EMC2 photo

Content + strategy + technology = effective education

Continuing education comes in all shapes and sizes – seminars, webinars, MOOCs, conferences. And with all types of price tags.

According to Abila, organizations spend more than $160 billion per year on continuing education. In addition, a recent survey by Abila shows 42 percent of an association’s revenue comes from professional education and training.

But the increasing amount of free and low-cost education options have some organizations concerned. That’s why now, more than ever, organizations need  a strategic education plan, technology and content, Abila says.

In a recent report, Abila broke down results from its 2016 Member Engagement Study, which found for millennials and Gen Xers, continuing education is one of the top reasons for belonging to an association.

Key findings:

  • Enticing younger members to participate in education and training programs is challenging. While Baby Boomers view associations as the No. 1 resource, millennials and GenXers turn to their employers for opportunities.
  • Content is key to creating a successful education program. Prices can fluctuate but without content, a CE program isn’t possible. And content can be the deciding factor between one of your programs and one of your competitor’s.
  • Finding the right technology tools and learning management platforms are challenging for associations. In fact, only one-third or fewere of professionals surveyed are “very satisfied” with current technological tools.
  • There seems to be a discrepancy between associations and members when charging for CE programs. According to the survey, most members want training to be included in dues, but only about one-third of associations offer than option.

“Individuals are looking for every edge they can gain, every skill they can sharpen, every advantage they can take,” Abila says. “Associations are aware of this shift, and a majority (about 60 percent) have adjusted in the last couple of years to adapt to the changing tides. However, many (about 40 percent) have only made small adjustments or no changes at all to their professional development and education programs. For associations to be successful, and to take advantage of the opportunities that exist for education and development, it’s imperative to continue to evolve.”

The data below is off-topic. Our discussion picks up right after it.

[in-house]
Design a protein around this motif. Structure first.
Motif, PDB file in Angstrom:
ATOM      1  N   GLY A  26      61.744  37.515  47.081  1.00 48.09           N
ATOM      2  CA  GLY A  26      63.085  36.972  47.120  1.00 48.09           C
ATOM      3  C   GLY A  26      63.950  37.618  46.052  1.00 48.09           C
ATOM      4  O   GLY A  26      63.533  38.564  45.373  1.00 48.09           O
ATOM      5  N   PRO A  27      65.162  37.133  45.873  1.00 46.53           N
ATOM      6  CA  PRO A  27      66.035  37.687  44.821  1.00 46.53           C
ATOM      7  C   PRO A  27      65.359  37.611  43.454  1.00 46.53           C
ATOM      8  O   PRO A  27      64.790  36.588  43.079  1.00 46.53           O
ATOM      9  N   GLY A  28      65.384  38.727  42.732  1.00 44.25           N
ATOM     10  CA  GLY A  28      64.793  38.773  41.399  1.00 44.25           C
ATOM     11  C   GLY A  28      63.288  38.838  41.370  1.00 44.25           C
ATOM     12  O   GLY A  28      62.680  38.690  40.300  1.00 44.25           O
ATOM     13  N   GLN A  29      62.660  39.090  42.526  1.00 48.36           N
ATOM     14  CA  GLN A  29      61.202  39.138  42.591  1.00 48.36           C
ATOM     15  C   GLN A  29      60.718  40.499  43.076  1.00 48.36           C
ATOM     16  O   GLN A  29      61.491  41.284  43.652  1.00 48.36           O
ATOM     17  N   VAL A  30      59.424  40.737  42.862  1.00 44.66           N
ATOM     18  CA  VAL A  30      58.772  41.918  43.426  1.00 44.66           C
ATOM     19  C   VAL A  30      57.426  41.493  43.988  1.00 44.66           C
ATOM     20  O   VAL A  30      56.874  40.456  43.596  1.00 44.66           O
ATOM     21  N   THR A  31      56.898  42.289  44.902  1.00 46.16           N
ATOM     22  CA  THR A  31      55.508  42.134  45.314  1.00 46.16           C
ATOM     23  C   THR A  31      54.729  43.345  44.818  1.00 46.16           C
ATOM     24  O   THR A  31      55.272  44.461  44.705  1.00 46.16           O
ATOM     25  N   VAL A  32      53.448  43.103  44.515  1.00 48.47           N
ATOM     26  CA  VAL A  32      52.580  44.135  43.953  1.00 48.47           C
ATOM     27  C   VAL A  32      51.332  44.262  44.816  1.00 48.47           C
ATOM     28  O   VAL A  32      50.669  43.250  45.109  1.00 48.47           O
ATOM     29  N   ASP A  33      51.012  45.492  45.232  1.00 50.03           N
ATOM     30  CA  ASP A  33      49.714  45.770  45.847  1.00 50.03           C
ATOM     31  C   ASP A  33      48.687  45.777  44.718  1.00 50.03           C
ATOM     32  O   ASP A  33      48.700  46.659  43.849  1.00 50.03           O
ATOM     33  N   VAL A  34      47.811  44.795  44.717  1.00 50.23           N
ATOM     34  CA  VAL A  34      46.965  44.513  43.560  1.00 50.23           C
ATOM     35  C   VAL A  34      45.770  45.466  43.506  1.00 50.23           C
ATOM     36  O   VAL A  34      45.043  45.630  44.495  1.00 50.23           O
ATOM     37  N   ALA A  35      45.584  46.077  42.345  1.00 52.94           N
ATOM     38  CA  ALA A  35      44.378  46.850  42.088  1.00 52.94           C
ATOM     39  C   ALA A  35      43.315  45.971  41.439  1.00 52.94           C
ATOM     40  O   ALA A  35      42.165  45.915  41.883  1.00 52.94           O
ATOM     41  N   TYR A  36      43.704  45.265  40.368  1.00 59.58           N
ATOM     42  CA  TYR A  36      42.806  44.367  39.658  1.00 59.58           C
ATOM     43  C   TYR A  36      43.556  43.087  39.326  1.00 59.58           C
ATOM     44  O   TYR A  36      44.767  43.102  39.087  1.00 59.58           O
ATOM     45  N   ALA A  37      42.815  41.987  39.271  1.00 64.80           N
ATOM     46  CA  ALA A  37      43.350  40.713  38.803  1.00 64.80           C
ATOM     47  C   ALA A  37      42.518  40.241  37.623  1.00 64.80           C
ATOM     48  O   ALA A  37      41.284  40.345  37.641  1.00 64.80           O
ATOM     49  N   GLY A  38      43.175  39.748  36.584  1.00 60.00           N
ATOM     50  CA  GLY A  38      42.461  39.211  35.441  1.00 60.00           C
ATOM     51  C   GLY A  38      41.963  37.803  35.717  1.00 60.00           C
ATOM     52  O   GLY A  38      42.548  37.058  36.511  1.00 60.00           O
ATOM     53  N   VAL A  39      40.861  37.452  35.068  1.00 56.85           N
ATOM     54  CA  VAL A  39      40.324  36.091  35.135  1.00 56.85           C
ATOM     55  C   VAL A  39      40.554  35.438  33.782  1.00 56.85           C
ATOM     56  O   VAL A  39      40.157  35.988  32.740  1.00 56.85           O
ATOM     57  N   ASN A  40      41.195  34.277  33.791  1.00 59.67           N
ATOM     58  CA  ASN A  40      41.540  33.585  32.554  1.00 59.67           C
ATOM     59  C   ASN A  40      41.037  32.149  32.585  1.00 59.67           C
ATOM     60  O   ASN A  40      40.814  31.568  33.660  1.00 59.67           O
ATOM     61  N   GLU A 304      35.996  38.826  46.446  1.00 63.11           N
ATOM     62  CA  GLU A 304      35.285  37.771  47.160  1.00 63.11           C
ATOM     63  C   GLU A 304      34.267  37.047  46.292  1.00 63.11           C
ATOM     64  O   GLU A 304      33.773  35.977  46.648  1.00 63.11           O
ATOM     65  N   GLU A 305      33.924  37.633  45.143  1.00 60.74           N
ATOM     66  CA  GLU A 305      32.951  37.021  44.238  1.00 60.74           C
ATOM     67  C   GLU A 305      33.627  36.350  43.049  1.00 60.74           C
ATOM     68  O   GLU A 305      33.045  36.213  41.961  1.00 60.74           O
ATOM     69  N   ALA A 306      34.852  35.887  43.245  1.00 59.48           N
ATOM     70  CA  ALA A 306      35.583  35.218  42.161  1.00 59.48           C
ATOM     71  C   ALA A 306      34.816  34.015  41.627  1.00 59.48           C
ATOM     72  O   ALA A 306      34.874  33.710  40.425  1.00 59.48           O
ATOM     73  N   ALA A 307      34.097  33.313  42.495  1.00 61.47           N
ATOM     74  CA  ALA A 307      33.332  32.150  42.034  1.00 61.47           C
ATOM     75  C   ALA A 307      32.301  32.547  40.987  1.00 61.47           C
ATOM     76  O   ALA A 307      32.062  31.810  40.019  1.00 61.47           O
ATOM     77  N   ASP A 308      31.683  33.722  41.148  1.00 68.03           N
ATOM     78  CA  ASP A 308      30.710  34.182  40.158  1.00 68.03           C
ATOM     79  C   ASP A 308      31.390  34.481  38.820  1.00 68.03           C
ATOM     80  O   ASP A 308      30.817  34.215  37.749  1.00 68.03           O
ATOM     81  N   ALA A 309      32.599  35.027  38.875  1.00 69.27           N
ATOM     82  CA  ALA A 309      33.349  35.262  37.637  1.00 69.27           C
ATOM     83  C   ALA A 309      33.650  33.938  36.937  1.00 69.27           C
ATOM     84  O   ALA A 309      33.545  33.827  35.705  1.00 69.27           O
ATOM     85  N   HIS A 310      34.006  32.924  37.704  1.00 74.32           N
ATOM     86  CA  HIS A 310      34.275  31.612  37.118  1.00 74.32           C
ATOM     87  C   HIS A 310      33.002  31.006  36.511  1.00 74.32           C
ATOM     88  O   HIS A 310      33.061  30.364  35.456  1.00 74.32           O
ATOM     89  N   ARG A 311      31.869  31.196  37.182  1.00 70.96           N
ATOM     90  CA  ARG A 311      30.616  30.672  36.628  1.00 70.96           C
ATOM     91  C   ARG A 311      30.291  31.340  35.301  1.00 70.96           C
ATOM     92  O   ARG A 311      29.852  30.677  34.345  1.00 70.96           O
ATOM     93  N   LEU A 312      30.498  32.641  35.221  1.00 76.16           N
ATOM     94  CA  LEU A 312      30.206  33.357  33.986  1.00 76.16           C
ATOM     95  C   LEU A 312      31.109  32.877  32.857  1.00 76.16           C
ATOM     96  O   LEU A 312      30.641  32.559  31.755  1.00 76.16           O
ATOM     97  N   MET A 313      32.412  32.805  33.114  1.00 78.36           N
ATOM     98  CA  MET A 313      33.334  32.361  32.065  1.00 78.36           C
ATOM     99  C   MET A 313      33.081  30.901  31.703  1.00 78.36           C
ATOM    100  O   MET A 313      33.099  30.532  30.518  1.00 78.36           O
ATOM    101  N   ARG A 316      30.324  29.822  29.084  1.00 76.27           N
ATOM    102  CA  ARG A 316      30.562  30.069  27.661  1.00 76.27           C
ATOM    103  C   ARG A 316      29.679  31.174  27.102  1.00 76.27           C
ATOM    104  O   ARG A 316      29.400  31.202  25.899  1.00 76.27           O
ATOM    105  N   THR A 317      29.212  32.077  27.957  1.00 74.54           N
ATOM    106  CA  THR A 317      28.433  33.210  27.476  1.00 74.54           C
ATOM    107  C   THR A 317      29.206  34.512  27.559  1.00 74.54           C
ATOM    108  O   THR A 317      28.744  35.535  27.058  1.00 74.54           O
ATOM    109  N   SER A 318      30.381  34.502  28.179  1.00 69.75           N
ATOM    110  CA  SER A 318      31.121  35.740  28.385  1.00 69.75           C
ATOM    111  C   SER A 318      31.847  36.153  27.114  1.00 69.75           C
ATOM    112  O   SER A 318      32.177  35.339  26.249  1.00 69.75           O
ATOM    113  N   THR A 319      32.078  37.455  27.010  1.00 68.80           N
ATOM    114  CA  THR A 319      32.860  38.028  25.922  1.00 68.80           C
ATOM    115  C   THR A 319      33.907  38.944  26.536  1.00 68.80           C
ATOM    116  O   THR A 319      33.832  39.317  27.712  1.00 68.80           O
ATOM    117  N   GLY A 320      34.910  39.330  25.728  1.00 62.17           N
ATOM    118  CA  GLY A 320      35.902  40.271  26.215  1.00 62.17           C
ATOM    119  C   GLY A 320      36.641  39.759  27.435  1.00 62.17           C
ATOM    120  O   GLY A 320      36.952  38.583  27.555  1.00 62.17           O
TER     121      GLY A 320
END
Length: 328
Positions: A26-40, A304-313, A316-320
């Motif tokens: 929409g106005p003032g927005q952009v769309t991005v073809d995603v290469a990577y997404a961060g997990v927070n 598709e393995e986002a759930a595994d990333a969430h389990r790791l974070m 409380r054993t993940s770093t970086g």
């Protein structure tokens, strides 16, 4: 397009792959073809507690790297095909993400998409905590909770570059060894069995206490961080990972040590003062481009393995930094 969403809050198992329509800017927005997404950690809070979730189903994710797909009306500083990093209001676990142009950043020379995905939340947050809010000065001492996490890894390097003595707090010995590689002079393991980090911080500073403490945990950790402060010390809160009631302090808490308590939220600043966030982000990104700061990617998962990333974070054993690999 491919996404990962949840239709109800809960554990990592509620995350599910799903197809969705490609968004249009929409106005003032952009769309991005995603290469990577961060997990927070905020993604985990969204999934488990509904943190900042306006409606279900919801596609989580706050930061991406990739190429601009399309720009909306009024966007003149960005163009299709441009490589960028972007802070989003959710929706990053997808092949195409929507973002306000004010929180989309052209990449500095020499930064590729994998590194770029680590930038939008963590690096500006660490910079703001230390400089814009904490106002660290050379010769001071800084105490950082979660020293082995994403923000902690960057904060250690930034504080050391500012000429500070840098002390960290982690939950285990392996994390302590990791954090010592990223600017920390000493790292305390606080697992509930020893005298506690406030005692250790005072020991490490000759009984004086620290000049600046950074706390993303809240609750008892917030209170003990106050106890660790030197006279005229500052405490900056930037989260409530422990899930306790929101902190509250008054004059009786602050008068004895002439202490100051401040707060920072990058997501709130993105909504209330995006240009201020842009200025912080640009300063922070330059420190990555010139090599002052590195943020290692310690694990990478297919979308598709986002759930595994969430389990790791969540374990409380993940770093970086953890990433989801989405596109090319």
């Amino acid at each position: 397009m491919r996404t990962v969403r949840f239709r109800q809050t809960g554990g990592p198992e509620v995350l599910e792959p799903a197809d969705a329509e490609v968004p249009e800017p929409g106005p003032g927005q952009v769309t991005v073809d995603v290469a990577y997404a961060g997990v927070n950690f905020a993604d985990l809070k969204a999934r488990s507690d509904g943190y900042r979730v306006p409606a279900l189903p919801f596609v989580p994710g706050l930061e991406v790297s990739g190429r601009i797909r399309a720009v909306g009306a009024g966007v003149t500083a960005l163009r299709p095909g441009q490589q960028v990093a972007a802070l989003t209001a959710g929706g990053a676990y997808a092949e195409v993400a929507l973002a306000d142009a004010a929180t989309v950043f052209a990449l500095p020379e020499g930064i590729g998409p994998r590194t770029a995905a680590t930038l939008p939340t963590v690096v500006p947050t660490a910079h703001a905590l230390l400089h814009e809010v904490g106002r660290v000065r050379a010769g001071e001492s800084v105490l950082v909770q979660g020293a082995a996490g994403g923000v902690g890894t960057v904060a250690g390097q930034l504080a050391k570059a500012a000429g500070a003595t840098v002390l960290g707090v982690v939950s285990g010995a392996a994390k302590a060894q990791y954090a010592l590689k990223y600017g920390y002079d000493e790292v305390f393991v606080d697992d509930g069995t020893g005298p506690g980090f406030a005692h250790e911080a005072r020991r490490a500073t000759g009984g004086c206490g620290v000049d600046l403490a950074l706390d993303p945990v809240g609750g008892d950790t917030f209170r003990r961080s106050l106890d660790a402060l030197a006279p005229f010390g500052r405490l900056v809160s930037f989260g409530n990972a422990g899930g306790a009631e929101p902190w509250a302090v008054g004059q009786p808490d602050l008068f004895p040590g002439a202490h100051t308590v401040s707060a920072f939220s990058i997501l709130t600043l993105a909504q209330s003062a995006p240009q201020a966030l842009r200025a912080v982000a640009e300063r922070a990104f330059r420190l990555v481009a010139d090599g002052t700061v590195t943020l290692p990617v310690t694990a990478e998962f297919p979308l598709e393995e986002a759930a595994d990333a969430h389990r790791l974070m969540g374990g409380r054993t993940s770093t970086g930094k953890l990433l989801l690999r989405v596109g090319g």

Abila offers some tips for associations.

  • Evaluate current education programs – If fewer than 60 percent of members participate, it’s time to change things up.
  • Engage different generations differently – Understand the needs of your members based on where they are in their careers.
  • Offer practical content – Data suggest one-hour, in-person courses are the best format for busy professionals.

9 Secrets to Building a Volunteer Surplus

Although the benefits of a successful volunteer management program are many and varied, the complexities should not be underestimated. Given the right approach, however, the investment can be well worth it. Therefore, make it easy, enjoyable and beneficial for your volunteers to give back – and you will be rewarded tenfold.

Read More >

Inclusivity: It’s more than words

Exclusion doesn’t just happen on the playground; it occurs in just about every social and professional setting. And as such, it’s time for a culture change, says Elizabeth Engel, chief strategist for Spark Consulting, and Sherry Marts, president and CEO of S*Marts Consulting.

Read More >

The Gardian of the Month: Trevor Mitchell

Trevor Mitchell, senior director of membership and strategy, American Mensa, is the Gardian of the Month.

Read More >

Turn your association event into an incredible content powerhouse

Planning an industry-leading event can be quite the undertaking, and nearly every association knows that the months leading up to an annual conference can be a bit daunting. While putting forth your best efforts to put on a great event, it’s easy to leave event- and year-round content opportunities on the table.

Read More >

Bright Idea: New look and feel

The Convention Industry Council just launched its new brand. As the result of member input, the organization is now the Events Industry Council, complete with a new logo.

Read More >

Navigating the millennial maze

Increasingly, it seems businesses are turning to post-graduation internships to fill slots left vacant by retiring Baby Boomers. And, of course, summer is prime internship time for current college students. And just in time, The Muse has released an e-book on millennials to help employers navigate the millennial maze.

Read More >